NPD is not exactly the same as being a narcissist.
The word “narcissist” might make you think of people who spend a few seconds too long admiring themselves in the bathroom mirror or posting hourly selfies on Instagram. In fact, “narcissist” derives from the Greek hunter Narcissus, who died while staring into his reflection in the river (#spoileralert).
But narcissistic personality disorder (NPD) isn’t the same as your everyday idea of someone who’s a tad too vain. “It’s actually a personality disorder,” says Jennifer Hartstein, PsyD, psychologist in New York City. “They can’t read the social cues. They can’t recognize how their behavior impacts someone else or what they need to be doing to build relationships.”
You can sum up NPD as an “inability to put yourself in someone else’s shoes,” says Khadijah Watkins, MD, psychiatrist at New York-Presbyterian Hospital, Weill Cornell Medicine. “You are the only person that matters.”
NPD is more common among men than women. It affects around 6.2 percent of Americans, according to the Personality Disorders Awareness Network.
Common signs of narcissistic personality disorder include:
Having an unjustified sense of superiority and entitlement
Exploiting or manipulating others to achieve goals
Fantasizing over ideal romance, power, and prestige
Disregarding the feelings of others
Expecting others to treat them favorably or give excessive attention
Pursuing selfish goals
In some ways, these personality traits can bring success to someone with NPD; these are traits that can help them get ahead, to an extent. “Someone with narcissistic personality disorder may be at the top of their company or own their own company,” says Susan Samuels, MD, psychiatrist at New York-Presbyterian Hospital, Weill Cornell Medicine. “But people [who] work for them may not like them very much, and they may not be able to hold on to employees very much.”
In relationships, friends or partners may eventually start to feel unheard, uncared about, or even controlled. In fact, a 2014 study found that people with NPD or borderline personality disorder were more likely to be domestic abusers compared to the general population, due to the lack of empathy and inflated sense of importance.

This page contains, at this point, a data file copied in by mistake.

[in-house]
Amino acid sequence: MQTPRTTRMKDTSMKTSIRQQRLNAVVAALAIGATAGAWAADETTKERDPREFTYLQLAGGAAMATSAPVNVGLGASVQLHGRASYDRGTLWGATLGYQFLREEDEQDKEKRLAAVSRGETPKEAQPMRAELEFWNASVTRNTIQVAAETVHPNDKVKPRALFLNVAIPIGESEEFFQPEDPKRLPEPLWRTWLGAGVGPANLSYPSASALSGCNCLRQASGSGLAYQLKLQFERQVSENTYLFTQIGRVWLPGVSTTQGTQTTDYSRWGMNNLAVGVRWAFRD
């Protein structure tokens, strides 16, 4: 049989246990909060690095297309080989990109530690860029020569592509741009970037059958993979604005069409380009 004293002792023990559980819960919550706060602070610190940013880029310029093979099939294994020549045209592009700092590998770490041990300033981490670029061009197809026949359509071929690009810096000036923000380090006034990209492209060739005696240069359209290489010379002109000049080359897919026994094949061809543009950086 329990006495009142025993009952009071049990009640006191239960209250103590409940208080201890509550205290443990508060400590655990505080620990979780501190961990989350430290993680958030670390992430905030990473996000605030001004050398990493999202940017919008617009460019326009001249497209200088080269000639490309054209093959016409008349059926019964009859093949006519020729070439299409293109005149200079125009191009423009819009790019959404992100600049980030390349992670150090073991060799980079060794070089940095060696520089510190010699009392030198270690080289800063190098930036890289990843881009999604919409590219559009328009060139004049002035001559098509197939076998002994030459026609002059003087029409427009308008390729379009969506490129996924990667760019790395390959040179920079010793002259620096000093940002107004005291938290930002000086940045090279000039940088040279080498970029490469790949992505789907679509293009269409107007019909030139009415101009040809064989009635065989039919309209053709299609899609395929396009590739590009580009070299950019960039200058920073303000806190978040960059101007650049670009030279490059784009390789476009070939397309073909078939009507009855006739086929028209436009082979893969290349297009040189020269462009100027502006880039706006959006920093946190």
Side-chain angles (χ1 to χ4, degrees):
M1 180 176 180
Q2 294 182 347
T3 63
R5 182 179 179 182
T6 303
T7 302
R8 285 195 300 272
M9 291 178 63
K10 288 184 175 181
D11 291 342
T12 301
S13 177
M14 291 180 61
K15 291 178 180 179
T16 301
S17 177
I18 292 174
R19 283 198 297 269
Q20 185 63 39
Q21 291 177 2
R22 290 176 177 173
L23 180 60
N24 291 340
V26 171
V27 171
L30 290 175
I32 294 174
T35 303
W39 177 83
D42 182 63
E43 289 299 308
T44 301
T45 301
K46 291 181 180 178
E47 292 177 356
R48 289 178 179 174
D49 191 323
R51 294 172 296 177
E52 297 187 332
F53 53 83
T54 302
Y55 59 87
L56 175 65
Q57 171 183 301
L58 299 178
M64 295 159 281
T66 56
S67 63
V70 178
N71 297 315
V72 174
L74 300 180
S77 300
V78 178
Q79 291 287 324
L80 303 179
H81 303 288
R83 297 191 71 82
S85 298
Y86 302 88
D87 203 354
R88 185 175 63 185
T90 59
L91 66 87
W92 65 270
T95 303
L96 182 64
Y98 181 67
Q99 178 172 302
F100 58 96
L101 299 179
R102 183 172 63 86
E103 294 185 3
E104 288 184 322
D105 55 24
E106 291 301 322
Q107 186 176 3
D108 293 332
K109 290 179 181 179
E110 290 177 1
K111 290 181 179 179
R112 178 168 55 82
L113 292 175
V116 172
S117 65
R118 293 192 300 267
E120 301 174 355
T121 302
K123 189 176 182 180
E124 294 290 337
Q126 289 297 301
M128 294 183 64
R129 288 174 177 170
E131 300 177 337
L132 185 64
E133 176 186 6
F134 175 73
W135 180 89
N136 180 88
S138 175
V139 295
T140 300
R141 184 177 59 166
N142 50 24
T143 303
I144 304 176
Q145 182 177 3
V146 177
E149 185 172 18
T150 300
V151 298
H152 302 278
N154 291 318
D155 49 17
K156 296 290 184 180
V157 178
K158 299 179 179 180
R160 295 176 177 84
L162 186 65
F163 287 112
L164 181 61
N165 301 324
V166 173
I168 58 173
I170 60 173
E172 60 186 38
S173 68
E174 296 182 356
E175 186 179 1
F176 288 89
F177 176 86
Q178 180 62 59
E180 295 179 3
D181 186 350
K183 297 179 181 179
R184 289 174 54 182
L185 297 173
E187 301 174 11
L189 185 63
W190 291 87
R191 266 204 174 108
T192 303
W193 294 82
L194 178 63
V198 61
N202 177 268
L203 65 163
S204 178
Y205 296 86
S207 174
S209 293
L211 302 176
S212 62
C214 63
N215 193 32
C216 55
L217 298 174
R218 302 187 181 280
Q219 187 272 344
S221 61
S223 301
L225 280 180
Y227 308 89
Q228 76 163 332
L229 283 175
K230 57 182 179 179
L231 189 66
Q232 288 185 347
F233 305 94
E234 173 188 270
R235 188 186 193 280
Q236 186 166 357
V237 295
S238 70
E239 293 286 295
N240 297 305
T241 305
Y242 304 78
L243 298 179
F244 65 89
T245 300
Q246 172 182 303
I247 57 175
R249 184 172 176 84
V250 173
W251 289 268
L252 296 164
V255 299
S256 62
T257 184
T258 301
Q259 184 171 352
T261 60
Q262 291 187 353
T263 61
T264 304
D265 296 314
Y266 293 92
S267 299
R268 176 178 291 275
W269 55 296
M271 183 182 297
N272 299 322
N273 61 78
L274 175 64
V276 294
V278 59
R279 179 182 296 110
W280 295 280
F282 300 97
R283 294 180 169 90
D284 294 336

But it’s important to know the difference between narcissism and NPD. “People can have confidence and narcissistic tendencies,” says Dr. Watkins. However, to be considered NPD, “there is a significant degree of impairment and there’s a pervasive pattern of behaving in this way to the detriment of your personal relationships.”
Treating Narcissistic Personality Disorder
Like many personality disorders, NPD is tough to treat because, by definition, the symptoms are ingrained in the person’s personality. The inflated ego that comes with NPD makes this even tougher. “You have to get through someone’s belief that there’s nothing wrong with them,” says Dr. Hartstein. “They’re often not willing to see that.”
Usually, someone with NPD won’t recognize how destructive their narcissism is until something goes wrong. They may be used to succeeding at work or earning top grades in school. It may take a traumatic event (like a divorce or losing a job) to serve as a reality check—”something that they would have never thought would have happened to them because of this elated sense of self,” says Dr. Watkins.
For someone who seeks help, there are a couple unique goals of psychotherapy for NPD, according to Dr. Watkins.
Learning effective interpersonal skills, including recognizing the needs of others
Developing realistic expectations for relationships, disrupting idealizations of how things “should” be and what they think they are entitled to
Effective treatment for narcissistic personality disorder should help someone get “insight into what they do and how it impacts and affects others in their relationships,” says Dr. Watkins. In the end, this should be a positive, helping the patient achieve happier, long-term relationships.
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-: We use it as a throw-away term.
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"I know, they're so narcissistic," when in fact
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it's actually a personality disorder where
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they can't read the social cues, they can't
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recognize how their behavior impacts someone else,
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or what they need to be doing to build relationships.
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-: So narcissistic personality disorder can best
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be described by an inability to put yourself
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in someone else's shoes.
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You are the only person that matters.
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And it's basically all about you and what you want
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and what makes you happy, and it doesn't account
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for anyone else around you, anyone else's needs
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or wants or desires.
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-: This is that kind of full-of-themselves, arrogant,